Diana Fried's Presentation to Council of Colleges for Acupuncture and Oriental Medicine October 2006
Here's what I believe:
Our collective response to humanitarian crises, as global citizens in the 21st century, represents perhaps our greatest opportunity to heal many of the roots of violence,
and therefore, to sow the seeds of world peace. In the community rebuilding process, similar to an individual's healing process, we find openings to community wide transformation.
I started Acupuncturists Without Borders after seeing the devastation of Hurricane Katrina, and feeling utterly compelled to bring the unique powerful medicine of acupuncture to the
communities of the Gulf Coast, to offer what we could for healing.
I had been to the Gulf Coast in the past, with Oxfam America - an international community-based organization where I worked for many years, and I will never forget the warm welcome we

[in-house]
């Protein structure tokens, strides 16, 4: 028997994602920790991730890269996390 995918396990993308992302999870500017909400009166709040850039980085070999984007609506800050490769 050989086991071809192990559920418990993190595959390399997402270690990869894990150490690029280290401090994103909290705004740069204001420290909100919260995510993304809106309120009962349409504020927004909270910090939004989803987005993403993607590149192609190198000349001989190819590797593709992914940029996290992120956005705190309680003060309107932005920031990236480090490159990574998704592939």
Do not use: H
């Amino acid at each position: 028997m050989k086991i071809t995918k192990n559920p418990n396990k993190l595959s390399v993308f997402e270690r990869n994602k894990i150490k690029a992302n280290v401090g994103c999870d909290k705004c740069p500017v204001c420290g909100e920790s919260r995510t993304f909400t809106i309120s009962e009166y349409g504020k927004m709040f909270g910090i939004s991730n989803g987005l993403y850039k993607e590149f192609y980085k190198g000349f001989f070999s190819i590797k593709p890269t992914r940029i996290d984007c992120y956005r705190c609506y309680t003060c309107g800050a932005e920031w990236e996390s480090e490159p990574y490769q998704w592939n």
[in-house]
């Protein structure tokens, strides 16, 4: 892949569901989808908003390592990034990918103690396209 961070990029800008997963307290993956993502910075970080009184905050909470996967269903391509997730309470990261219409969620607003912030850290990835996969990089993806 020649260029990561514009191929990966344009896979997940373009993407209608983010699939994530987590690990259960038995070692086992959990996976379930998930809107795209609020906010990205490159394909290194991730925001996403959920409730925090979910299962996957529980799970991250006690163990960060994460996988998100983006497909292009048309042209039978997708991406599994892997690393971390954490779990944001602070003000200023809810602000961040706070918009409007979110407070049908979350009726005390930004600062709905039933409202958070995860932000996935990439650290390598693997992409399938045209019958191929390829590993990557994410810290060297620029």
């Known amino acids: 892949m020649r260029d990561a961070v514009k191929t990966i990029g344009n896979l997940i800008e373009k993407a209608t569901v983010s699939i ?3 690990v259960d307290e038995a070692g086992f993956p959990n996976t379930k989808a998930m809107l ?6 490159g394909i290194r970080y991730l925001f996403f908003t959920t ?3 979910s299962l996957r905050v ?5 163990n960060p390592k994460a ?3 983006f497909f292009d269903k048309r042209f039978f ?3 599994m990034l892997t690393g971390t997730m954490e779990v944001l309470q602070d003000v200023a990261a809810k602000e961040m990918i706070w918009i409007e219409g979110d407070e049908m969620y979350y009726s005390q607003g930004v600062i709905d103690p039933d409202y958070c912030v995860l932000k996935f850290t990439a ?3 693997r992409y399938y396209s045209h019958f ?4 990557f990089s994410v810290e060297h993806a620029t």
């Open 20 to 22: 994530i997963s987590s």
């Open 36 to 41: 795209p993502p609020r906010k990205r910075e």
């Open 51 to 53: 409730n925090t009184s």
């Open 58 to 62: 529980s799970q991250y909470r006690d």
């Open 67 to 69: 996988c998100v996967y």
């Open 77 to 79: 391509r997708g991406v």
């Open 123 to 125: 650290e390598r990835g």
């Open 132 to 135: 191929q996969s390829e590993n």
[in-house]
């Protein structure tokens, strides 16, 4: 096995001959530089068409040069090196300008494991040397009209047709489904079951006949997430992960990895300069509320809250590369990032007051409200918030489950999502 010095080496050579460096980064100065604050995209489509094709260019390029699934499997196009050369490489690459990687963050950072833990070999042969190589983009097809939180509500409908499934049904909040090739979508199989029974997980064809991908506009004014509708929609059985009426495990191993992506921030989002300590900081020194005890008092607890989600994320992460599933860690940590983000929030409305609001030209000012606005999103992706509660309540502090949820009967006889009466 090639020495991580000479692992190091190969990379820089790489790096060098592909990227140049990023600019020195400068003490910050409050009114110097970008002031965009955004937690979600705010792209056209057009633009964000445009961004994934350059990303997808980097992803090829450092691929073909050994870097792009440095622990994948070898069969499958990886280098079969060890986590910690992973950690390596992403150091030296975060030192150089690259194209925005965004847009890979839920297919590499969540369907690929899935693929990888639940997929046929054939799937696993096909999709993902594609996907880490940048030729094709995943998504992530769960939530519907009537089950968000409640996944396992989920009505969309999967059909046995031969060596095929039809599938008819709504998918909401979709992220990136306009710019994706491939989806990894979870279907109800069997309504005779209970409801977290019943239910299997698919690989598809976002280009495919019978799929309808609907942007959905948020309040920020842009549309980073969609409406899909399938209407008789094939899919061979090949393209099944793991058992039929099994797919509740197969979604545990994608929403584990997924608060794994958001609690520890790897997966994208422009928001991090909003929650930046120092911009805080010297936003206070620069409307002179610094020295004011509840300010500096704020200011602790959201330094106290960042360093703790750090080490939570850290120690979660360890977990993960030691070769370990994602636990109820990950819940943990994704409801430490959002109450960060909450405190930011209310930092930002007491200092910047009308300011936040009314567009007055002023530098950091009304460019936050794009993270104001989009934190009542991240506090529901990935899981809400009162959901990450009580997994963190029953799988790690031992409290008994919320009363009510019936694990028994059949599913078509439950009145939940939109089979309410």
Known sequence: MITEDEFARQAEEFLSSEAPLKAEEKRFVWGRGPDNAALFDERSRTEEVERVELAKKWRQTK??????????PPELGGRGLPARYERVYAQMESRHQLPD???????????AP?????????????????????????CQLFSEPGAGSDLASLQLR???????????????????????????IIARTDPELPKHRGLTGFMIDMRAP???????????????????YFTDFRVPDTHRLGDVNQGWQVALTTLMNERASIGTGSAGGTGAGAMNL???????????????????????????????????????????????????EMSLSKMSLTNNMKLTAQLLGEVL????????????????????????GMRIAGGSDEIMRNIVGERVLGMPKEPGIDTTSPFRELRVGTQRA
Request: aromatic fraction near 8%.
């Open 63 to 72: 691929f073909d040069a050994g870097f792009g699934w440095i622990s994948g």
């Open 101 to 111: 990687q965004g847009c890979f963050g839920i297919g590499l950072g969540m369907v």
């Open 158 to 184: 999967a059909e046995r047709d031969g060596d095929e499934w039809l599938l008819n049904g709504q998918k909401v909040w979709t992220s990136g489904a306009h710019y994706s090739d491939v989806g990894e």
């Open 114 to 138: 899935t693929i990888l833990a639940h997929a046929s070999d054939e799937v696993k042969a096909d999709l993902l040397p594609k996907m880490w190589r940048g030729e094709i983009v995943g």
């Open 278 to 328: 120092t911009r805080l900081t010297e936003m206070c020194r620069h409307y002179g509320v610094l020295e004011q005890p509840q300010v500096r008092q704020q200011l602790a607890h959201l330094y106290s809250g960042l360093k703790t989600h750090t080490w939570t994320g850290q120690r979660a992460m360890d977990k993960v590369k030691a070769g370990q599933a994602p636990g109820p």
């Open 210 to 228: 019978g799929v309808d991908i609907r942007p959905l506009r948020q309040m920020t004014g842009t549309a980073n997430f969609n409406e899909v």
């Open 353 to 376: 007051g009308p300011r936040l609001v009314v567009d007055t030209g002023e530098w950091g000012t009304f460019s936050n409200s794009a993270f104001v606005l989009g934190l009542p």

received in the black communities of the outer bayou, the open arms, the great food brought in abundance to share with us, the sense of family and depth of life and laughter and spirit.
I had also done hurricane relief work on the Atlantic Coast of Nicaragua - another incredibly culturally rich area.
With Oxfam I traveled to Africa and Latin America, to very economically poor communities, with vital lives of the spirit and the people. I was deeply affected by the people of the world,
and saw myself as a citizen of the world, more than a citizen of the United States.
When I studied acupuncture, and later started a private practice, I dreamt of what this medicine could do in the larger world. I imagined the power with which we could help to heal trauma,
thereby helping to bring peace and justice to communities.